Last week, Javier Muñoz and myself attended the conference HEPTech Academia - Industry Matching Event on Technology of Controls for Accelerators and Detectors, which was hosted at DEMOKRITOS, Athens.
The target of this event was to have Academia and Industry together in the same place to share ideas and potential applications around Control Systems. Igalia was invited to participate as member of the Industry side to talk about our collaboration with CERN on Linux device drivers, KiCAD and HW virtualization areas.
The conference's agenda covered very exciting control system's technologies used by High Energy Physics facilities. For example, CERN staff explained ATLAS and CMS detectors control systems, what they are planning to do for next years and how the next-gen accelerator, CLIC, is being designed.
However, there were also very good talks from other accelerators. One of the talks explained how the proton therapy cures eye cancer with a huge percentage of success. I recommend you to check out all the slides from the agenda because you will learn how the accelerator's control systems are made and how the companies are collaborating on this area. Very interesting for both scientists and engineers!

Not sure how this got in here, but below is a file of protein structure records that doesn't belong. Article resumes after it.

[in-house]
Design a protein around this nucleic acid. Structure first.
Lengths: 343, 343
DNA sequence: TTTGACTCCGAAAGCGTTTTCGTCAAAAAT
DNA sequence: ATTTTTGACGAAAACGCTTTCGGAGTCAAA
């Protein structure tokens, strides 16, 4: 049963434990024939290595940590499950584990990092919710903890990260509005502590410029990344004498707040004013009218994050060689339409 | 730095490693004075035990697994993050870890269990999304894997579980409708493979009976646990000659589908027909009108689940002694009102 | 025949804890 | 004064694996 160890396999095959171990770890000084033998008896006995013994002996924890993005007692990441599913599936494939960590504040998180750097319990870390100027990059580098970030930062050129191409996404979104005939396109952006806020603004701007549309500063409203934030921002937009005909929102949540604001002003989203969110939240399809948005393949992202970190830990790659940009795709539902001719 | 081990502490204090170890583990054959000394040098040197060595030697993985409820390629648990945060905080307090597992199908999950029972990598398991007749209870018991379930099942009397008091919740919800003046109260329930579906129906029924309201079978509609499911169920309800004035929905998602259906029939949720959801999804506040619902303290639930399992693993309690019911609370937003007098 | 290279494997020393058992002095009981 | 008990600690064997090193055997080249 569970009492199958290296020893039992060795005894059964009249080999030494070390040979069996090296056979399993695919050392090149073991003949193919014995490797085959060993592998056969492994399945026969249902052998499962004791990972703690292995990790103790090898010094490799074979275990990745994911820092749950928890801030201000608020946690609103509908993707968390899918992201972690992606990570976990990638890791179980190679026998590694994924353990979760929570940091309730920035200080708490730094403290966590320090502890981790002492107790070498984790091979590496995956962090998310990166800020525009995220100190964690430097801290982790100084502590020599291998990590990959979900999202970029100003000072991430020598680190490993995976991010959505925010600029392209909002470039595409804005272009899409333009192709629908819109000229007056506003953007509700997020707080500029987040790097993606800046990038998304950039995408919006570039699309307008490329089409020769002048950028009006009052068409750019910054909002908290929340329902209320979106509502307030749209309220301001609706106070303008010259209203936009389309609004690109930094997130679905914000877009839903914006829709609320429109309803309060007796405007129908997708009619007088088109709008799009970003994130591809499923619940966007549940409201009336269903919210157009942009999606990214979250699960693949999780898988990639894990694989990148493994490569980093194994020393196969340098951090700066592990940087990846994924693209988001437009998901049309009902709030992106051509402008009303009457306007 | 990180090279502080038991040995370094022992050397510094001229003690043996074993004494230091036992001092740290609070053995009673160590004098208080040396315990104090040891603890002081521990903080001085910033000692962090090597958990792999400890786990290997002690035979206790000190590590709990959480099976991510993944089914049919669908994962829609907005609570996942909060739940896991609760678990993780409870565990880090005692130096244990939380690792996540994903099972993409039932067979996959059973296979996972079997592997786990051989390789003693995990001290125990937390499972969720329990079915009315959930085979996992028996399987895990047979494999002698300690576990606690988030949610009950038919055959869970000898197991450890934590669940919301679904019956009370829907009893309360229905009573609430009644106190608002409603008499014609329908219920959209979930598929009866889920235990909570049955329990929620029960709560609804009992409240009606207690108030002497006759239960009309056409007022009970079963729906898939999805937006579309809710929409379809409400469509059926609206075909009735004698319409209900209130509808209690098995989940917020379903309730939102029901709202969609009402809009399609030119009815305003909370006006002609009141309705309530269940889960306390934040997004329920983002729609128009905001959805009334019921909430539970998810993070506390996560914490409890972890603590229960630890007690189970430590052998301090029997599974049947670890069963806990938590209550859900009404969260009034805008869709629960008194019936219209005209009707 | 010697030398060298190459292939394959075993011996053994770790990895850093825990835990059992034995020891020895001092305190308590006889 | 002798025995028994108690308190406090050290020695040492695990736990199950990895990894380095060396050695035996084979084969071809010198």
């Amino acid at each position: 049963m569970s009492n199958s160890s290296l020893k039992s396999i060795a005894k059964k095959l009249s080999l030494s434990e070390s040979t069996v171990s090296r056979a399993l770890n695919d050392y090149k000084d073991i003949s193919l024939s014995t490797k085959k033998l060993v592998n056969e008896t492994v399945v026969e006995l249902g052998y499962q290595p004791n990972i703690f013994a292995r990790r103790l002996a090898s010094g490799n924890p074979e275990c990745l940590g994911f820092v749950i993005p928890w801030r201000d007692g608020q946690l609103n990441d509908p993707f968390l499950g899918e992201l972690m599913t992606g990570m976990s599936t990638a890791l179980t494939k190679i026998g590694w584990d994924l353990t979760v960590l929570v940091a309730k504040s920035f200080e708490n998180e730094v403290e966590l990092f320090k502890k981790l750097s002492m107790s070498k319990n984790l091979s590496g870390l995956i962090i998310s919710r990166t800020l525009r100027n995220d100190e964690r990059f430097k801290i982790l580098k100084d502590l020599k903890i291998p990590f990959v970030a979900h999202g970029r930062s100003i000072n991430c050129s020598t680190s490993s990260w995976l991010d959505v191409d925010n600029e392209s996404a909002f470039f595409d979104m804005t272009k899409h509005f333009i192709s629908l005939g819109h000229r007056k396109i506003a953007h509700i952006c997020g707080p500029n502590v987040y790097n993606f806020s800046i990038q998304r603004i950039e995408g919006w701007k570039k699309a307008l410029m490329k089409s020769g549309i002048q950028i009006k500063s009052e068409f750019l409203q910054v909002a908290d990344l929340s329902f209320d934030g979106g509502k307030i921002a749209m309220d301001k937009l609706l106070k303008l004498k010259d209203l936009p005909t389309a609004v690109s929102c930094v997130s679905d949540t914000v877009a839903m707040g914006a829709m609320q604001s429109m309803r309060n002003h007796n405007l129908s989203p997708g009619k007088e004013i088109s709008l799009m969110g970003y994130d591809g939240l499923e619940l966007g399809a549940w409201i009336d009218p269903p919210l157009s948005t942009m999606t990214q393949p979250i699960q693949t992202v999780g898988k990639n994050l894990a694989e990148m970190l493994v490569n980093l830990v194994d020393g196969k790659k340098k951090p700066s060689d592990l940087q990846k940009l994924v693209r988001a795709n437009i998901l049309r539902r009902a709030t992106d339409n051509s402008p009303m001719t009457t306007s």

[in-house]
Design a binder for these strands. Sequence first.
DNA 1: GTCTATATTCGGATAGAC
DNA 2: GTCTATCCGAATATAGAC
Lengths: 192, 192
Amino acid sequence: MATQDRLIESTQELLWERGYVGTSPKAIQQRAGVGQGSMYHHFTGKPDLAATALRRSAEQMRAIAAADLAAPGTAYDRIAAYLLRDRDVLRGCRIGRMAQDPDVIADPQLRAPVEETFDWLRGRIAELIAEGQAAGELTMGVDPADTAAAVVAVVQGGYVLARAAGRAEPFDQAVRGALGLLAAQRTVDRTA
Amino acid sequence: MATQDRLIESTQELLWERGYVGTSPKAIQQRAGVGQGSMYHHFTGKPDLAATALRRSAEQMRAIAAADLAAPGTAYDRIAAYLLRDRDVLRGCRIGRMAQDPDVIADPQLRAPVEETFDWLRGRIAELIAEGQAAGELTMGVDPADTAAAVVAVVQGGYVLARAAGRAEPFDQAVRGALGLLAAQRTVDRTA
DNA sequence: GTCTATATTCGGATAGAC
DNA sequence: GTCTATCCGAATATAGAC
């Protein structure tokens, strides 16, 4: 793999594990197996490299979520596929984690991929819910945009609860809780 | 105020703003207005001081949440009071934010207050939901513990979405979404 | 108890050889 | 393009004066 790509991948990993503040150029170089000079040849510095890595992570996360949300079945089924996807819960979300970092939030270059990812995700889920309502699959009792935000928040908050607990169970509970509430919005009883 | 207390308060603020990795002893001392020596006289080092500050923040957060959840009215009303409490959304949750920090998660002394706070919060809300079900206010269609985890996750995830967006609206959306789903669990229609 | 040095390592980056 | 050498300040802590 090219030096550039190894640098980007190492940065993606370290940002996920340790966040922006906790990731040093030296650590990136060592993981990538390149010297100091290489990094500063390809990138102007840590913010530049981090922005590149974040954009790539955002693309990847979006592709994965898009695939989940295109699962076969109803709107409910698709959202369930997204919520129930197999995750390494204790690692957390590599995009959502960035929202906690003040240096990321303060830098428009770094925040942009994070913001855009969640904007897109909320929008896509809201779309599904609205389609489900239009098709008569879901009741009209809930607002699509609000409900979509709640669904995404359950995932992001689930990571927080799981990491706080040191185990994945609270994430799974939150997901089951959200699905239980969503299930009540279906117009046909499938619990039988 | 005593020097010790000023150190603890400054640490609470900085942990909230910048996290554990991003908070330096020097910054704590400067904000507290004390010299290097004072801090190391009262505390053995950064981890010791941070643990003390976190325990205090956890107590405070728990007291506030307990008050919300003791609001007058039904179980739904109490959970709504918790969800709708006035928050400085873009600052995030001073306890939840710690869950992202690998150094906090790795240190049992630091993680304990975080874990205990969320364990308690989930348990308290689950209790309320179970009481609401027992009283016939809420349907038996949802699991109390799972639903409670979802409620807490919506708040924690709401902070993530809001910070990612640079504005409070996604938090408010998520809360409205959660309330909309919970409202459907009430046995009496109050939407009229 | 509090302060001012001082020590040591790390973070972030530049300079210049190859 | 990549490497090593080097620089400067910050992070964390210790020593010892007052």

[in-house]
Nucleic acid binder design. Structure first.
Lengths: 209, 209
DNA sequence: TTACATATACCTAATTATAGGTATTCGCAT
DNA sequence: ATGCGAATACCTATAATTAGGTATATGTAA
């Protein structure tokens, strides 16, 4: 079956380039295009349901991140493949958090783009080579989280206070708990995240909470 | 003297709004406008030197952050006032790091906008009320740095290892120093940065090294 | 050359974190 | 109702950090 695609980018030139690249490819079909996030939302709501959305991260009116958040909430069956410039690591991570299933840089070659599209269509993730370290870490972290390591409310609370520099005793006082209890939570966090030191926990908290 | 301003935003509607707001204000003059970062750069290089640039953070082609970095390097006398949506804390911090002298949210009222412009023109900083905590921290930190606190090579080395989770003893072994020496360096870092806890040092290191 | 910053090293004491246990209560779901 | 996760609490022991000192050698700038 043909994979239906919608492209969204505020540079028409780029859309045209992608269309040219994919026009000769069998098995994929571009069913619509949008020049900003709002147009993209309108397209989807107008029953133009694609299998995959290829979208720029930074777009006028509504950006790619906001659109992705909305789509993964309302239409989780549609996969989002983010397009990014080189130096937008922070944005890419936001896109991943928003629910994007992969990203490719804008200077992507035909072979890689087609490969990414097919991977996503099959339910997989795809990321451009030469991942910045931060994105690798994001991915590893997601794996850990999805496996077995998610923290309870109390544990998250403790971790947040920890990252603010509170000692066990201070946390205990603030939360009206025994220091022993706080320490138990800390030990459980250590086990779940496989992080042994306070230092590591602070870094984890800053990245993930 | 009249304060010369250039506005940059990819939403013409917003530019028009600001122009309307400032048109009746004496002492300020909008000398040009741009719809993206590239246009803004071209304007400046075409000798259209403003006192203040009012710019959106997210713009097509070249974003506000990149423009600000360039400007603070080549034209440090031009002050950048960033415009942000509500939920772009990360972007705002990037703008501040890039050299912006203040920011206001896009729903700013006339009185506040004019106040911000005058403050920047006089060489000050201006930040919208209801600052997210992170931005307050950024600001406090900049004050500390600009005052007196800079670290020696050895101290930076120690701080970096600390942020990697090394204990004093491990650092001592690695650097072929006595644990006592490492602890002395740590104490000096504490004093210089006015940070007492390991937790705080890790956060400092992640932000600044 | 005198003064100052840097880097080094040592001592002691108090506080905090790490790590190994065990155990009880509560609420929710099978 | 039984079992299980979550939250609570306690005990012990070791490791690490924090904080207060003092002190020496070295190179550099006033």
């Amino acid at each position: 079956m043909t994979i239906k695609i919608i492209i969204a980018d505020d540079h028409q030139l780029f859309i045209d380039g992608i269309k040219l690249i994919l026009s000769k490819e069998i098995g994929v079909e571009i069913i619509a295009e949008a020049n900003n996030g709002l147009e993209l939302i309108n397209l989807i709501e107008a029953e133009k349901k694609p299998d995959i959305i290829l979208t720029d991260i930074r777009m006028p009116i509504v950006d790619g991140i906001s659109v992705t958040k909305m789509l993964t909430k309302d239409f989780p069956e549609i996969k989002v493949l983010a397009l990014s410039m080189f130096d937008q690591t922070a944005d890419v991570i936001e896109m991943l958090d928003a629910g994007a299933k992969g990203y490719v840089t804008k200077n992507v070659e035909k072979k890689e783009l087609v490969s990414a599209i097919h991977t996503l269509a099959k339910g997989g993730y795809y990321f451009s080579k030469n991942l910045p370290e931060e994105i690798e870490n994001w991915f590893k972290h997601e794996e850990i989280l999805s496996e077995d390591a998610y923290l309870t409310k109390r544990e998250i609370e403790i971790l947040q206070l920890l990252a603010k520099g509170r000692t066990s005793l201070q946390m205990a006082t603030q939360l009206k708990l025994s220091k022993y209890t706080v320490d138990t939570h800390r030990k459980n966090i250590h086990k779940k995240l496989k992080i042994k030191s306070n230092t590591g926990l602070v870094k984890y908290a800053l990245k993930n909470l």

Our talk was part of the "Open Hardware vs Conventional Development approach" track, where concepts like Open Hardware or projects like WhiteRabbit were explained to the audience. We were explaining our work developing the FMC TDC driver and how QEMU helped us a lot to debug the driver and improve its robustness by using SW techniques such as continuous integration and testing. Our slides are publicly available if you want to read them.
In the same track, we represented Igalia in the round table by giving our opinion about Open Hardware and sharing some advices based on our experience in the Free Software world that can be applied on Open Hardware based companies.
I would like to finish this post by saying that the organizers did a great job in taking care of the success of the event. Everything was well explained and organized, even when this was the first event of this kind organized around control systems for accelerators and detectors.